VLB can infest apple, cherry, mulberry, peach, and several hardwood, ornamental, and conifer tree species (Table 1). Many tree species may also serve as dry wood (downed logs, wood products, firewood, raw timber) hosts for VLB. It is unknown if VLB prefers stressed or healthy trees; however, VLB seems to be more attracted to medium to large sized trees. Nursery trees are susceptible hosts and may act as a reservoir for the pest to spread to new areas.
Table 1 Plant hosts of VLB.
Symptoms include round exit holes on the trunk and main branches (Fig. 6); frass (insect excrement) at the base of the tree; peeling bark; larval tunnels within the cambium or wood (Fig. 7); epicormic branching (shoots that grow from dormant buds in response to tree injury); and a thinning, wilted or yellowing canopy (Fig. 8). Larval feeding may weaken the trees, so that branches are more likely to break off during high wind. Fruit yield, tree longevity, and wood marketability can all be negatively impacted by a VLB infestation.
The best time of year to monitor for VLB is during peak flight from late June to early August. In Utah, high numbers of VLB have been detected in riparian habitats near golf courses and near cull and plant debris piles in commercial fruit production areas. Monitoring in Utah has been successful with Lindgren funnel or cross vane panel traps baited with an ethanol lure (Fig. 9). In addition, Fluon® or Teflon™ should be applied to the surfaces of panel traps to prevent the beetles from escaping the trap. An insecticide vapor strip or ethylene (toxic to mammals) or propylene (nontoxic) glycol should be used in combination with traps to kill trapped insects. Other monitoring methods include visual inspection for adult exit holes and tree injury symptoms (as described previously), and black light infrared trapping (using either commercially or homemade manufactured black light traps).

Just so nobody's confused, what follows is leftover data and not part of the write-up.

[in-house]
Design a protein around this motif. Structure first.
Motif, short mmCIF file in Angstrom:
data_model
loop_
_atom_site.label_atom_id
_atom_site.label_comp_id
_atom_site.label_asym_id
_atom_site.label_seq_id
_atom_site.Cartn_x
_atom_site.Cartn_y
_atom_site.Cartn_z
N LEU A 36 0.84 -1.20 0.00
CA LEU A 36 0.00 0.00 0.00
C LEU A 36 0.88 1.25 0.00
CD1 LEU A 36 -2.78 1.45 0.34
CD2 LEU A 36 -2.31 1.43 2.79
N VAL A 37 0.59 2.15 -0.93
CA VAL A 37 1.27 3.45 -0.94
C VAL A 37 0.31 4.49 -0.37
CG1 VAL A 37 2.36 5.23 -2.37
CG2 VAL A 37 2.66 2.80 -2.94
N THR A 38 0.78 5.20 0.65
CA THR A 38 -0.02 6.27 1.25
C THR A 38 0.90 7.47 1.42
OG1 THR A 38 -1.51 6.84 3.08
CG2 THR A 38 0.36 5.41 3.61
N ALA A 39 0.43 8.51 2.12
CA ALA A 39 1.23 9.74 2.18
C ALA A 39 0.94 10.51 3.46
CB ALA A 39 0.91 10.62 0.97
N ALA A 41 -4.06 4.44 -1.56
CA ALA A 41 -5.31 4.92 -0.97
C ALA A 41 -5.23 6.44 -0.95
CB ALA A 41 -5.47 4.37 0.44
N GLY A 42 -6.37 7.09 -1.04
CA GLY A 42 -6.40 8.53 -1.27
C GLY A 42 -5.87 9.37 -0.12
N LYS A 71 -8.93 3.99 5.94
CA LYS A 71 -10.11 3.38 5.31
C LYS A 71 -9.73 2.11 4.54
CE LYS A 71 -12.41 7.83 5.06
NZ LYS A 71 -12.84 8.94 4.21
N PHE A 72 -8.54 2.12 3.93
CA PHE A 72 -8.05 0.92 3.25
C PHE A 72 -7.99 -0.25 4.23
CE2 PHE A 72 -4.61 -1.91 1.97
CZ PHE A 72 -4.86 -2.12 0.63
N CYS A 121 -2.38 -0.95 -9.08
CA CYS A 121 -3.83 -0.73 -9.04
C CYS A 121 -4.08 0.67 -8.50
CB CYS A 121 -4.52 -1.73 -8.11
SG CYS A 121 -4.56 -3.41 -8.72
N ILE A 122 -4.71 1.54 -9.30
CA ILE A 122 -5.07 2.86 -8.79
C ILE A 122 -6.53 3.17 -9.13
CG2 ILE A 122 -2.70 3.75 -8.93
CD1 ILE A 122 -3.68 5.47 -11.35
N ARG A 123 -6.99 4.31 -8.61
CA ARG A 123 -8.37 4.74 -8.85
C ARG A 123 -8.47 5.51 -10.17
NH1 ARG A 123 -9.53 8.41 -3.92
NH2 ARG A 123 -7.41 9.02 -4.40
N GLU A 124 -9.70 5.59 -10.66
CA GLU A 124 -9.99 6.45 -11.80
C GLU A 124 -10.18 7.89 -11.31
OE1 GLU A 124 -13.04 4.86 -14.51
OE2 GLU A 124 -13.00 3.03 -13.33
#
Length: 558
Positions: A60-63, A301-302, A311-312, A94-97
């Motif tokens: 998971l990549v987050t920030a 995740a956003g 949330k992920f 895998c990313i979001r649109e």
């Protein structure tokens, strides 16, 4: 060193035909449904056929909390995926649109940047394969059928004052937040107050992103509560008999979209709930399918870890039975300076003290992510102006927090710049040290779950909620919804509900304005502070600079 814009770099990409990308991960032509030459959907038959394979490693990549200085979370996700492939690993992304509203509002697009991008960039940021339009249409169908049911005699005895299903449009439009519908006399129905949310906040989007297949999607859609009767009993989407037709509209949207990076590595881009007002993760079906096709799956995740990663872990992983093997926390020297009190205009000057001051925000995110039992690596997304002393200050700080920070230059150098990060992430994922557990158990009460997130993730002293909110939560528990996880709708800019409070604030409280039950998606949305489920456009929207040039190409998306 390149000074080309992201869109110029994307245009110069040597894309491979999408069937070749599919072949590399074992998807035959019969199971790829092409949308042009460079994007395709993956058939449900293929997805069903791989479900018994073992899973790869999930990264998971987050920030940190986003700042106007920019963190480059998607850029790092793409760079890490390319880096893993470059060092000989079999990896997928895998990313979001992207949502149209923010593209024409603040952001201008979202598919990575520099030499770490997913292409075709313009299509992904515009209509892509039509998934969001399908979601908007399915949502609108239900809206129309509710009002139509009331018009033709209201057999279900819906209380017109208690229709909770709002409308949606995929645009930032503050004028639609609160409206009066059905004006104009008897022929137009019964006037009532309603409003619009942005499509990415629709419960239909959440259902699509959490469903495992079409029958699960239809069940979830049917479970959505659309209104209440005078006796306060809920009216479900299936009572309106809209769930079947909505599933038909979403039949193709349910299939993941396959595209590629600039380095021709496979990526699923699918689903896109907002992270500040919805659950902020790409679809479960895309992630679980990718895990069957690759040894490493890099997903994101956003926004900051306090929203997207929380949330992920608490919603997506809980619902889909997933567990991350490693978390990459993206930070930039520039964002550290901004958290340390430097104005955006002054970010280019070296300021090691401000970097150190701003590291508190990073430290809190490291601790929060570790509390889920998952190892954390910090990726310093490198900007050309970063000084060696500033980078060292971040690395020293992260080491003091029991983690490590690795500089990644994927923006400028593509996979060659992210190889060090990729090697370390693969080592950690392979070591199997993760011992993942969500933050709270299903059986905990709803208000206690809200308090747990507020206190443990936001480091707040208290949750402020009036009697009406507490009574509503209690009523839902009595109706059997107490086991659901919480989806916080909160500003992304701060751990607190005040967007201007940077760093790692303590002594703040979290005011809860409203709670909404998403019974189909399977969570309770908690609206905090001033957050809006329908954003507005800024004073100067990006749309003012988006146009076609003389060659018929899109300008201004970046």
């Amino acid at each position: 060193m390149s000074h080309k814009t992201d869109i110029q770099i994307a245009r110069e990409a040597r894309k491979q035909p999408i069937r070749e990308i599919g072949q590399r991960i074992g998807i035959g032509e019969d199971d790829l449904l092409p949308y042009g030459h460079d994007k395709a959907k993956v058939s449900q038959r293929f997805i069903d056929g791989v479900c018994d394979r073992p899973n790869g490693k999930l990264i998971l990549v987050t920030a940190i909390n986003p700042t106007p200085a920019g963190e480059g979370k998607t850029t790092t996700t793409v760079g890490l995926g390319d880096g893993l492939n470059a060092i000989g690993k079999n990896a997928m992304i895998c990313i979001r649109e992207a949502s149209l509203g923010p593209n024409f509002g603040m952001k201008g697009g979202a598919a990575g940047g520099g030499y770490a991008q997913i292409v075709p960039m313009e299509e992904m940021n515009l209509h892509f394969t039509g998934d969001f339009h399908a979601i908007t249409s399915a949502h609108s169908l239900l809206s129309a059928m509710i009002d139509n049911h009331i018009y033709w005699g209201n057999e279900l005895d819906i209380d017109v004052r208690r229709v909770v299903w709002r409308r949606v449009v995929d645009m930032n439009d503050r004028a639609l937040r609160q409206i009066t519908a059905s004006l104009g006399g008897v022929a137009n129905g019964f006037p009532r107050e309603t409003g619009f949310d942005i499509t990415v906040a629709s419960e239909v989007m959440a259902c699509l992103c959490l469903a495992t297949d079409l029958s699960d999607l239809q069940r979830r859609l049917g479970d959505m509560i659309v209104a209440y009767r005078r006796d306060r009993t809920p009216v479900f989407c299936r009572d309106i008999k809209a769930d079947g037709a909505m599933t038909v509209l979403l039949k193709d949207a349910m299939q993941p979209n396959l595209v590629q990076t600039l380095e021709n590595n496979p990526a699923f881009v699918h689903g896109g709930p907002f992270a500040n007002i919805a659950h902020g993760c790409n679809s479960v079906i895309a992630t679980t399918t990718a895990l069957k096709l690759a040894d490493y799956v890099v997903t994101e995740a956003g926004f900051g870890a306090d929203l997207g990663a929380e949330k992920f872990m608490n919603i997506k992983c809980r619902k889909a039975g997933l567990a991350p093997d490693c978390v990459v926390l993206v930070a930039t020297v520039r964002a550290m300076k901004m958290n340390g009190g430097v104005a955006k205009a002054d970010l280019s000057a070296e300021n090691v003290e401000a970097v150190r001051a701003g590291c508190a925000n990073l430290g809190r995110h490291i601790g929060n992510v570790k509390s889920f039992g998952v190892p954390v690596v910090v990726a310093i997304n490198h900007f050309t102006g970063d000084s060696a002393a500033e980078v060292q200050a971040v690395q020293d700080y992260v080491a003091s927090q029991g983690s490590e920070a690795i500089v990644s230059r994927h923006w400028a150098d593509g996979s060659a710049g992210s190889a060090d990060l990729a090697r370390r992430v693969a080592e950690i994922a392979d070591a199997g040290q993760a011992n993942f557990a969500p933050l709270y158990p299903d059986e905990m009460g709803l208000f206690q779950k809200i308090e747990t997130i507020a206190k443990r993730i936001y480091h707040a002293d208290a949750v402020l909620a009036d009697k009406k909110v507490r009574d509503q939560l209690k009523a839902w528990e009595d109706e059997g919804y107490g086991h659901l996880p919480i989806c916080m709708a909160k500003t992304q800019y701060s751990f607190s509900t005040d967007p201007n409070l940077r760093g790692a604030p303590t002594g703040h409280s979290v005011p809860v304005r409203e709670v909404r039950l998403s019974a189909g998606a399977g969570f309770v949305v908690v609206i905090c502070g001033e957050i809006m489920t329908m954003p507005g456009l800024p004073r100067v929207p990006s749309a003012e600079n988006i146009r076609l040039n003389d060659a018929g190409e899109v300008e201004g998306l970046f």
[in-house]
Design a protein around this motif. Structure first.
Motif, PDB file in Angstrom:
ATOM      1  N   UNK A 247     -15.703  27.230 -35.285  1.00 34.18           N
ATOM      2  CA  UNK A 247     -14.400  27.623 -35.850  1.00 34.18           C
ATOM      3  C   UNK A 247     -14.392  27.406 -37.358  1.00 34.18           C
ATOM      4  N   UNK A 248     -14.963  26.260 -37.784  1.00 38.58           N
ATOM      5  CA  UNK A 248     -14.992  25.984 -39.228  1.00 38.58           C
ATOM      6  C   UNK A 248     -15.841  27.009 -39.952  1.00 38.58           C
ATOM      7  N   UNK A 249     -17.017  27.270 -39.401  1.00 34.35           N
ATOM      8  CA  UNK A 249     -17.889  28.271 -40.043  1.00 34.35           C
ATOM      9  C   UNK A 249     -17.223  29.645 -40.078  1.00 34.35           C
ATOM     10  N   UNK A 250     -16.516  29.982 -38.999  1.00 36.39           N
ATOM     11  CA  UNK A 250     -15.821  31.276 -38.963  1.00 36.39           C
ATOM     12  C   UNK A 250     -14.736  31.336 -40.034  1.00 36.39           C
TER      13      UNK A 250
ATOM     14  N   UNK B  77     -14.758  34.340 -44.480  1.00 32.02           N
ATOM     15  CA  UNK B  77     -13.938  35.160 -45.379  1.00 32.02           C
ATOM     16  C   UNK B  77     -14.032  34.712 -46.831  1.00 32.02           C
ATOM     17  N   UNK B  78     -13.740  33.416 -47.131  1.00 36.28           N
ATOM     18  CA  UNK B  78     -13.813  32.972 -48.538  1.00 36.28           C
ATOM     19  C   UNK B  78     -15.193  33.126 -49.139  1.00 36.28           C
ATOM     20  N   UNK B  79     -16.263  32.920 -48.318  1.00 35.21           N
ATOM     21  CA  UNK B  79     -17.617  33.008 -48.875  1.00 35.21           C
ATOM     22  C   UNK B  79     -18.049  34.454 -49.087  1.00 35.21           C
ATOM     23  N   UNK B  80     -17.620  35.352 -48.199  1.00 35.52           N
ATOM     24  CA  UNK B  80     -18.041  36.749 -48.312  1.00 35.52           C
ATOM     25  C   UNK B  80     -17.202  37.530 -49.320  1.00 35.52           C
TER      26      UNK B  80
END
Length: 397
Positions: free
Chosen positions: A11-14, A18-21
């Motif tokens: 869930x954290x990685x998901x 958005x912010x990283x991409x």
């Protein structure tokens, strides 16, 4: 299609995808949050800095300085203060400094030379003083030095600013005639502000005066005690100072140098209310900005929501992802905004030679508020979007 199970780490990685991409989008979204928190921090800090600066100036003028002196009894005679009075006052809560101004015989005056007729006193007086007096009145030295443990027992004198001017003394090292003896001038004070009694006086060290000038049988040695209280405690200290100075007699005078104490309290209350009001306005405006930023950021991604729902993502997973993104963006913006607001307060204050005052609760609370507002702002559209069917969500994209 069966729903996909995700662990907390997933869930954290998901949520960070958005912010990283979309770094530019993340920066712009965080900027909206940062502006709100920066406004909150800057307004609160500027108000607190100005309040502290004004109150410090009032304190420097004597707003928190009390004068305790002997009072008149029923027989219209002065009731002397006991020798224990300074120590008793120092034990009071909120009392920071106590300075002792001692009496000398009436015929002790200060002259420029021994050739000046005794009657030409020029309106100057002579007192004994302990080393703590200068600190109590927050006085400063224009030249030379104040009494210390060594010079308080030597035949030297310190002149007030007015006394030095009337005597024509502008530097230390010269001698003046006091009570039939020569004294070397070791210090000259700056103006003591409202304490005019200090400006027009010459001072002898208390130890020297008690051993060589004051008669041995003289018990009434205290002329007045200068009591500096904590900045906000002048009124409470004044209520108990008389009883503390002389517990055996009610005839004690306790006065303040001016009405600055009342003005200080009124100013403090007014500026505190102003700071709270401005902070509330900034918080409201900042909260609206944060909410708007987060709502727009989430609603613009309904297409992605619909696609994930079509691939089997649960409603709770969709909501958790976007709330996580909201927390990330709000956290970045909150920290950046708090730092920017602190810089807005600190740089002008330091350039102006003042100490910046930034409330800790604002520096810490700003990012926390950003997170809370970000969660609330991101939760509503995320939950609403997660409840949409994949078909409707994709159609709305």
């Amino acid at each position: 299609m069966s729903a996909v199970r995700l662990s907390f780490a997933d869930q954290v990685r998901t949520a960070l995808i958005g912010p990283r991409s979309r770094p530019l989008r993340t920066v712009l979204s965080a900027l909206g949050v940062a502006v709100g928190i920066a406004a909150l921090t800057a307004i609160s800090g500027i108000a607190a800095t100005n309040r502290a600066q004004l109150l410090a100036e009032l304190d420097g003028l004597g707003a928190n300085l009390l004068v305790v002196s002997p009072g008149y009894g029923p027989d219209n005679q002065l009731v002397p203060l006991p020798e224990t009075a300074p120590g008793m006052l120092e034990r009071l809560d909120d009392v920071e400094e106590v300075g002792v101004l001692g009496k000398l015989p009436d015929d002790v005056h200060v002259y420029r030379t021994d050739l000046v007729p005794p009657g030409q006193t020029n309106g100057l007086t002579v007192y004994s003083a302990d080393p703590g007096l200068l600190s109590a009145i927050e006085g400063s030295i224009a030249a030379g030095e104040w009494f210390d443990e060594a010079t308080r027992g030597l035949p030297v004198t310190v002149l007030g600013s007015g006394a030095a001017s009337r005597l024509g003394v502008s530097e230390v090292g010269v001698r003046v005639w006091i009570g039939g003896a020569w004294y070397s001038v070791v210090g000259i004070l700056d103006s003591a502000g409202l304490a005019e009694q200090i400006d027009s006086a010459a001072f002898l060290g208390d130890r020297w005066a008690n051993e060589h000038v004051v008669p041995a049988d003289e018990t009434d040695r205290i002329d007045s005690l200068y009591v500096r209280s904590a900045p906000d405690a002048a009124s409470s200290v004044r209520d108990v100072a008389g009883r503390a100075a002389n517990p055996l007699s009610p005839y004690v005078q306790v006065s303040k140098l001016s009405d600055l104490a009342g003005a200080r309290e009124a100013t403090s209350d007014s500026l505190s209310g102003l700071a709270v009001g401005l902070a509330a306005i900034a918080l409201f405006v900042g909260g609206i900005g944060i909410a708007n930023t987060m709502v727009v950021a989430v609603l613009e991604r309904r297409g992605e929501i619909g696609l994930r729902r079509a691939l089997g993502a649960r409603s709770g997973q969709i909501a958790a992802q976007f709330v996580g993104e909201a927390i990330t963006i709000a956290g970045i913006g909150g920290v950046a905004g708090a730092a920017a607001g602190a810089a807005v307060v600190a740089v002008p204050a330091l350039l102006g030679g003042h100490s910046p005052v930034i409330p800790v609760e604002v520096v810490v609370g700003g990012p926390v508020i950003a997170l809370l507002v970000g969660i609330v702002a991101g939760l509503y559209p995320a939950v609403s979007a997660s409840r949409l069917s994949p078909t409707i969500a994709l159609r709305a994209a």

VLB is one of many pests that can be transported to new areas on firewood cut from infested trees; therefore, be sure to collect or buy firewood within 25-50 miles of where you will be using it to prevent inadvertently moving VLB to non-infested areas. Prevention is a key component in managing VLB. Early detection and proper identification can be accomplished through the monitoring methods described above, and will greatly increase the success of VLB prevention. Unfortunately, VLB can be difficult to control because most of its life cycle is spent within the host tree, where it is protected from foliar insecticides and natural enemies.
Natural enemies of longhorned beetles in the U.S. include predators, parasitoids, and pathogens. Predators include flat bark beetles, cylindrical bark beetles, clerid beetles, click beetles, robber flies, assassin and ambush bugs, thrips, carpenter ants, birds, lizards, spiders, scorpions, toads, and small mammals. Parasitoids include braconid, ichneumonid, and chalcid wasps; and tachinid and sarcophagid flies. Nematodes and fungi have been observed as pathogens of other species of longhorned beetle larvae (Smith 1999). At this time, however, management of VLB is not reliant on biological control.